Valentine’s Day is a pretty good holiday, as you’ll get candy from somewhere no matter what and you’ll also look at the calendar and say “huh, February is halfway over... winter is pretty much done.” I don’t want to wade into the debate about whether V-Day makes single people feel lonely or why capitalist consumption has to be involved in all our expressions of affection, because for one I never feel lonely (that’s what films and radio are for?) and for another I’m done having stances on American cultural rituals I can’t change.
What I do want to address is drone-maker DJI’s Valentine’s Day marketing. It is bad, bordering on cruel. There’s a lot going on, and all of it is not okay.
Don’t say “love is in your hands,” where “love” is a drone or a camera stabilizer
Drones and 4K cameras are just things. They’re not “love.” And if a drone is in your hand, that can be dangerous. If DJI is really bent on including this phrase they should amend it to read “love is in your heart, a gadget is in your hands, and some of your fingers are over there.”
Don’t say “recharge your love life,” where “your love life” is a 4K camera
This doesn’t even make sense.
Don’t call a normal-ass box of Ferrero Rocher a “Limited Edition Valentine’s Day Gift Set”
I promise you, you can buy the same chocolate at a steep discount at Rite Aid or Target.
Don’t record every minute of your life with a drone?
This seems romantic because the “Moment” in the accompanying photograph is an important and elegant one. But do you really need footage of every time you and your boo glance at each other or touch each other? Who is going to watch that back? I’m not saying don’t buy a drone, because drones are cool and have many uses, I’m just saying it’s absurd to buy a drone for this specific reason. Most of what you record will be so boring and some of it will be fights, and a lot of the time you won’t look that good because that’s just what being outside does to most people. In case you forgot, it’s still the awful dead of miserable winter, and the last thing anyone wants to do in celebration of romance is feel a tugging obligation to go outside and try out their new drone and smooch in the cold all covered in snot.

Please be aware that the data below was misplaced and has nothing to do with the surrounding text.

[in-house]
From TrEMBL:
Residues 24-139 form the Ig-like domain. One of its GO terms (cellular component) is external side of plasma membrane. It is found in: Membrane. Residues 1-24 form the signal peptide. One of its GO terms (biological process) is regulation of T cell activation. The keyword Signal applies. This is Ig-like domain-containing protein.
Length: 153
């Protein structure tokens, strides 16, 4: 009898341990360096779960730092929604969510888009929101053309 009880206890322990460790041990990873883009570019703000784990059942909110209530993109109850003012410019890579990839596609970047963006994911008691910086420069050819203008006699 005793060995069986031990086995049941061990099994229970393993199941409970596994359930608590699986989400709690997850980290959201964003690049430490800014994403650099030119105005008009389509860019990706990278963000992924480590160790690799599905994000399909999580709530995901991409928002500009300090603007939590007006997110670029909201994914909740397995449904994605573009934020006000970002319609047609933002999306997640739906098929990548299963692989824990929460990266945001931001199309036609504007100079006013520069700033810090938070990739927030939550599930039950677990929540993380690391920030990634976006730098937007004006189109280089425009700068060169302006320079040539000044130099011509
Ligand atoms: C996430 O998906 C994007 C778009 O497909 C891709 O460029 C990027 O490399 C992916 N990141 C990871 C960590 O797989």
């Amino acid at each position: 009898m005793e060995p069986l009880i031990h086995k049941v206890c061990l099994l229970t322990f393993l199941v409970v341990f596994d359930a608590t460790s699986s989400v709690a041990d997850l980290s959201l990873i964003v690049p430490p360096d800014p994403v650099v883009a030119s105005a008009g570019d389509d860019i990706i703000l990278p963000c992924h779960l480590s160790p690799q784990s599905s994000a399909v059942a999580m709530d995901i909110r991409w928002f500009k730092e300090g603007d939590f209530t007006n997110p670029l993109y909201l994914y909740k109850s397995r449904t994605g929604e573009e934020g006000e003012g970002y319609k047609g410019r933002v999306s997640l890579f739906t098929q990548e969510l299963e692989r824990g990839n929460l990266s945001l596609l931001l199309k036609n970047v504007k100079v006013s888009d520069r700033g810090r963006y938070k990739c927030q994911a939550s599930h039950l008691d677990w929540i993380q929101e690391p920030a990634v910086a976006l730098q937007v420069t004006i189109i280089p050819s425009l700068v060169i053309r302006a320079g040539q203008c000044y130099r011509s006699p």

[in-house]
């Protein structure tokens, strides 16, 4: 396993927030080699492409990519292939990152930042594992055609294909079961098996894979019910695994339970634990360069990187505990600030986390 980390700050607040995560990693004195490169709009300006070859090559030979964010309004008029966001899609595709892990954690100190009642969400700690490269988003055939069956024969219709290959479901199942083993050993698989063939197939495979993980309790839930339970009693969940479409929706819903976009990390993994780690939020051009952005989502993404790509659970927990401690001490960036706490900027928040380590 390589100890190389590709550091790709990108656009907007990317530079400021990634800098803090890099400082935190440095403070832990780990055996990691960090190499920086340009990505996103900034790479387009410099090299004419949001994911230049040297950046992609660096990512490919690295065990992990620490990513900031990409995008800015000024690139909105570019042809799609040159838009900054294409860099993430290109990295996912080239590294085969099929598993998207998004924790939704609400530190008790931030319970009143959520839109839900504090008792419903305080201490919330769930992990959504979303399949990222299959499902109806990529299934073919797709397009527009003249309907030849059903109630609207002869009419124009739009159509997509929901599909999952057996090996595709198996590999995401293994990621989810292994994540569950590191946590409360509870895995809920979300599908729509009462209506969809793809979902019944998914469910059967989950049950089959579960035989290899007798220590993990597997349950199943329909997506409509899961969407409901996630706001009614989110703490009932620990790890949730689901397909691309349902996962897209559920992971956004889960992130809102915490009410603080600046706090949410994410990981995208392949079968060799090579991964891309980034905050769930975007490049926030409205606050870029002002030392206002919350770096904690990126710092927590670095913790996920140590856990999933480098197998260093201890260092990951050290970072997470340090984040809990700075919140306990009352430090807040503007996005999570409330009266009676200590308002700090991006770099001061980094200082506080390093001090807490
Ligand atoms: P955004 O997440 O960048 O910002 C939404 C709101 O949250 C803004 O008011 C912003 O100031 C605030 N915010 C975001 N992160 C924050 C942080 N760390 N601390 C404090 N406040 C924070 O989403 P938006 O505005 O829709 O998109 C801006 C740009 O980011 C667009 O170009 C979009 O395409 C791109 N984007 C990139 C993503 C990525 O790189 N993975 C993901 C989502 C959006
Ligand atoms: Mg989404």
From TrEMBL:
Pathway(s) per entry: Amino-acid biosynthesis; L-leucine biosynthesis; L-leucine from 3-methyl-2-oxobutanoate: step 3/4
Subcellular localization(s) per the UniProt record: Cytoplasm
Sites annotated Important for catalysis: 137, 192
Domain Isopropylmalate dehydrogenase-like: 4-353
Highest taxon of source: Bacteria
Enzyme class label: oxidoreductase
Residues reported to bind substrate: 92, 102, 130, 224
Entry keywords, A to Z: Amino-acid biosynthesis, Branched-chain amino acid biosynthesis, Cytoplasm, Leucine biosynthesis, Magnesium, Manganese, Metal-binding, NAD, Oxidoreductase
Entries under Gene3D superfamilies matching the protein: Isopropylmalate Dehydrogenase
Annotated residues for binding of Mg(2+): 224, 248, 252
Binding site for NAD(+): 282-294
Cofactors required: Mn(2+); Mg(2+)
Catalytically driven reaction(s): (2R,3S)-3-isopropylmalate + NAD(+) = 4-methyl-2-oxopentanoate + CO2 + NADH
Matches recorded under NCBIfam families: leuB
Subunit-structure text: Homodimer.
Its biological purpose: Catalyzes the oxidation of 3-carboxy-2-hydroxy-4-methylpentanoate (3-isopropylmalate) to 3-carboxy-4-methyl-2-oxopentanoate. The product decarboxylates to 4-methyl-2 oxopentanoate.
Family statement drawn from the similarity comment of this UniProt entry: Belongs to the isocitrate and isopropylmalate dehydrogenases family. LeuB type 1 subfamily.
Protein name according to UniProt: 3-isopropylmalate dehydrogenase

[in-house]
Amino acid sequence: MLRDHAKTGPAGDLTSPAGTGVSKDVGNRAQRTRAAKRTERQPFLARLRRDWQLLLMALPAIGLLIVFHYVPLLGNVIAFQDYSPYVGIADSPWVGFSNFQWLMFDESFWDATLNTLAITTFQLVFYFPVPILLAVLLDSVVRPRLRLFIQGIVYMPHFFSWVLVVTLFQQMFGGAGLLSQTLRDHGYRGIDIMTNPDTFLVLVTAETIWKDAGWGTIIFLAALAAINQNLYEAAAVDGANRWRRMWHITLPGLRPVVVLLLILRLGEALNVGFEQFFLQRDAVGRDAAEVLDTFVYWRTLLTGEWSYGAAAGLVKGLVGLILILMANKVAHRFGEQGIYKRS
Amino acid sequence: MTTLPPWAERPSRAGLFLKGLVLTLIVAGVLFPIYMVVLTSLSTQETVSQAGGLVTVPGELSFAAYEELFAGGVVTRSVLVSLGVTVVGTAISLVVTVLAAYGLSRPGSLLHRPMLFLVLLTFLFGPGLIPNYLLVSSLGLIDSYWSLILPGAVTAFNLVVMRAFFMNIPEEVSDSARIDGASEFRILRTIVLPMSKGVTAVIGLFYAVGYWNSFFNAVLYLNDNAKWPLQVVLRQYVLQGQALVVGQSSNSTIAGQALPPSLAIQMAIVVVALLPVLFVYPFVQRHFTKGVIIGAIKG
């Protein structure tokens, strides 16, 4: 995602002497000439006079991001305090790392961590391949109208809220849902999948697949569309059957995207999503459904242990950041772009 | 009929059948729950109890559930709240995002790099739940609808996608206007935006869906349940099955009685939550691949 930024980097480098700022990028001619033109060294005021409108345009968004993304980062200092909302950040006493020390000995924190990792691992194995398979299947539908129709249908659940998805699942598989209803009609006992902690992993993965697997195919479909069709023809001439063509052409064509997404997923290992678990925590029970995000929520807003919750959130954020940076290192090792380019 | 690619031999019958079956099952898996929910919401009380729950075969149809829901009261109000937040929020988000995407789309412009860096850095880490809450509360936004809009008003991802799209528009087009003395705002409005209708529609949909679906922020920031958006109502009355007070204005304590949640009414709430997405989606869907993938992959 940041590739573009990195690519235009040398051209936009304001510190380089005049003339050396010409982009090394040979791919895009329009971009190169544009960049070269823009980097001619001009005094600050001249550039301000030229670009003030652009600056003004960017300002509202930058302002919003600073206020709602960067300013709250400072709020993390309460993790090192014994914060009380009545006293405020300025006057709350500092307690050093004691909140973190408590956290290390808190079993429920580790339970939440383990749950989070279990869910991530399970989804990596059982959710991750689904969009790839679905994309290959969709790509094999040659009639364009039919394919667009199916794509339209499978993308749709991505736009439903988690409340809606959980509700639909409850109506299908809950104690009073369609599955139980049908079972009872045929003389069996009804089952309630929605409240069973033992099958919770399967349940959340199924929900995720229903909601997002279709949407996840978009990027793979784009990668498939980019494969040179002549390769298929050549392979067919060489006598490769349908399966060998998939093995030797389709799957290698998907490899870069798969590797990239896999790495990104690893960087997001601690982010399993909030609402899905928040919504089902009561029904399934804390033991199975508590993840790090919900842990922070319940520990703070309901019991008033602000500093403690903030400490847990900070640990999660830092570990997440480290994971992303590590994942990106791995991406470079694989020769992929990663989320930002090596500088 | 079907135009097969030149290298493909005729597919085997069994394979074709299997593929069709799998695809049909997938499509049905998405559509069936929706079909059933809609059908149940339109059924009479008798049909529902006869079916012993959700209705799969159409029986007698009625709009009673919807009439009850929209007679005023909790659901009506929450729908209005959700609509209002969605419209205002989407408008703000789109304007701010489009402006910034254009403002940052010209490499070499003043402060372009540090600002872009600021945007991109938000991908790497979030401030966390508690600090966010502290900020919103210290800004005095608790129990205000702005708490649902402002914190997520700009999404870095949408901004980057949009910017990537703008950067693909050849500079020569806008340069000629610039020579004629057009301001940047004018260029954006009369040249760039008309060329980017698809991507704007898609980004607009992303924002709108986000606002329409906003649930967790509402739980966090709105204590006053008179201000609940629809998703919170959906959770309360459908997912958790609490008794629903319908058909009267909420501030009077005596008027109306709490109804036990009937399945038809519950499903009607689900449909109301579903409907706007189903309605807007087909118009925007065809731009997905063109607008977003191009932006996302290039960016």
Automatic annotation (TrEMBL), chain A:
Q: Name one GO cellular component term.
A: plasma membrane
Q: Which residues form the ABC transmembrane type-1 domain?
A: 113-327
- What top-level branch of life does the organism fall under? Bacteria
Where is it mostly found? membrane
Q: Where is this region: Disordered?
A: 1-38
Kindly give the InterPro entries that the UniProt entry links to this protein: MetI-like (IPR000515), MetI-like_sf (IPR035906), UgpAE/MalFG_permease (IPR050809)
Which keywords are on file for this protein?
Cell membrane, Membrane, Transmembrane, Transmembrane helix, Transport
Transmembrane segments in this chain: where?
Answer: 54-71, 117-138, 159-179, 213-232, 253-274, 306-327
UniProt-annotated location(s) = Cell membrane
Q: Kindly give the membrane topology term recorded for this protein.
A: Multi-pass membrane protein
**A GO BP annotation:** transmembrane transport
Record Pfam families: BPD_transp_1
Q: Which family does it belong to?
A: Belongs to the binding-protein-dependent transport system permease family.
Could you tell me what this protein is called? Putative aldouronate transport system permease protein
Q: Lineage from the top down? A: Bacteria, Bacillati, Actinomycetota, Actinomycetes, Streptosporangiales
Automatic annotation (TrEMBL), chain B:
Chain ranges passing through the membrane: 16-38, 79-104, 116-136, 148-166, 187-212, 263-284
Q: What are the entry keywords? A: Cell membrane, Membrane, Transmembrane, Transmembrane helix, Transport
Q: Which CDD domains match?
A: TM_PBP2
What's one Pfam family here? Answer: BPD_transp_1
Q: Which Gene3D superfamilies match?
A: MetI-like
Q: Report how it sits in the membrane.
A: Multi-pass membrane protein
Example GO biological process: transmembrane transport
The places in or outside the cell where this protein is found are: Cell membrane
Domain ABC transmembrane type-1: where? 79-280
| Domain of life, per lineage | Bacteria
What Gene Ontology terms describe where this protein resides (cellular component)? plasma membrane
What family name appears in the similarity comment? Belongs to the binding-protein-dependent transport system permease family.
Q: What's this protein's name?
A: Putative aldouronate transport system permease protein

To sum: don’t buy your loved ones drones for Valentine’s Day
Expensive gadgets are not good Valentine’s Day gifts. First of all, Valentine’s Day comes quickly on the heels of Christmas, when it’s considered fine to give people pricey, non-personalized objects. There’s no reason you couldn’t have gotten your drone gifting out of the way then. Second, Valentine’s Day is when you’re supposed to take a little extra effort to explain to someone you love why they are so important to you. I just don’t think you’re going to say what you want to say by handing over a $1,000 piece of metal and plastic that anyone with a credit card can have. I mean, make some crafts! Frame some photos that you ordered from an actual photo-printing place instead of popping them out on copy paper at the library! Write a letter! Every year of my childhood, my mother celebrated Valentine’s Day by making an acrostic poem about how great I am and hanging it in the door of my bedroom in the dead of night. Personally I think that’s a good option if you happen to have a literary mind and a lot of ribbon.
It’s none of my business, really, but probably don’t buy a drone for anyone for Valentine’s Day.
This post is about DJI’s recent mistake, but that doesn’t mean we have forgotten these absurd Parrot ads, in which drones and VR headsets are how you fall in love. Drones are cool, but not romantic. I think it’s fine if we all just accept that and stop doing this.